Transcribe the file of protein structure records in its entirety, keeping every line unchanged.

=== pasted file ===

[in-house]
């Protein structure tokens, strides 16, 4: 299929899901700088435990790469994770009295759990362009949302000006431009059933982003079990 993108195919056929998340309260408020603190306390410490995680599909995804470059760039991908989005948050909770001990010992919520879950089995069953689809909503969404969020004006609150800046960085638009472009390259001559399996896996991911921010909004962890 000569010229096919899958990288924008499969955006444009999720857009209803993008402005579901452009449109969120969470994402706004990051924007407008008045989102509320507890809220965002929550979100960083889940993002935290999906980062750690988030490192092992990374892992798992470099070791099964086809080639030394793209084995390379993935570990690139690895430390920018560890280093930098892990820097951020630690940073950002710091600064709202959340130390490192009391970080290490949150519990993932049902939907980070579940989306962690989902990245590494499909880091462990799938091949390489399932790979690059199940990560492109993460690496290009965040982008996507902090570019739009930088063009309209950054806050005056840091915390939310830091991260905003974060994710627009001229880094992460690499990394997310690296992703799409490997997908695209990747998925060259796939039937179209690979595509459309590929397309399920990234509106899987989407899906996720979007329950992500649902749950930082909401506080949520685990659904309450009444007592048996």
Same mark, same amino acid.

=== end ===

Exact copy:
[in-house]
């Protein structure tokens, strides 16, 4: 299929899901700088435990790469994770009295759990362009949302000006431009059933982003079990 993108195919056929998340309260408020603190306390410490995680599909995804470059760039991908989005948050909770001990010992919520879950089995069953689809909503969404969020004006609150800046960085638009472009390259001559399996896996991911921010909004962890 000569010229096919899958990288924008499969955006444009999720857009209803993008402005579901452009449109969120969470994402706004990051924007407008008045989102509320507890809220965002929550979100960083889940993002935290999906980062750690988030490192092992990374892992798992470099070791099964086809080639030394793209084995390379993935570990690139690895430390920018560890280093930098892990820097951020630690940073950002710091600064709202959340130390490192009391970080290490949150519990993932049902939907980070579940989306962690989902990245590494499909880091462990799938091949390489399932790979690059199940990560492109993460690496290009965040982008996507902090570019739009930088063009309209950054806050005056840091915390939310830091991260905003974060994710627009001229880094992460690499990394997310690296992703799409490997997908695209990747998925060259796939039937179209690979595509459309590929397309399920990234509106899987989407899906996720979007329950992500649902749950930082909401506080949520685990659904309450009444007592048996």
Same mark, same amino acid.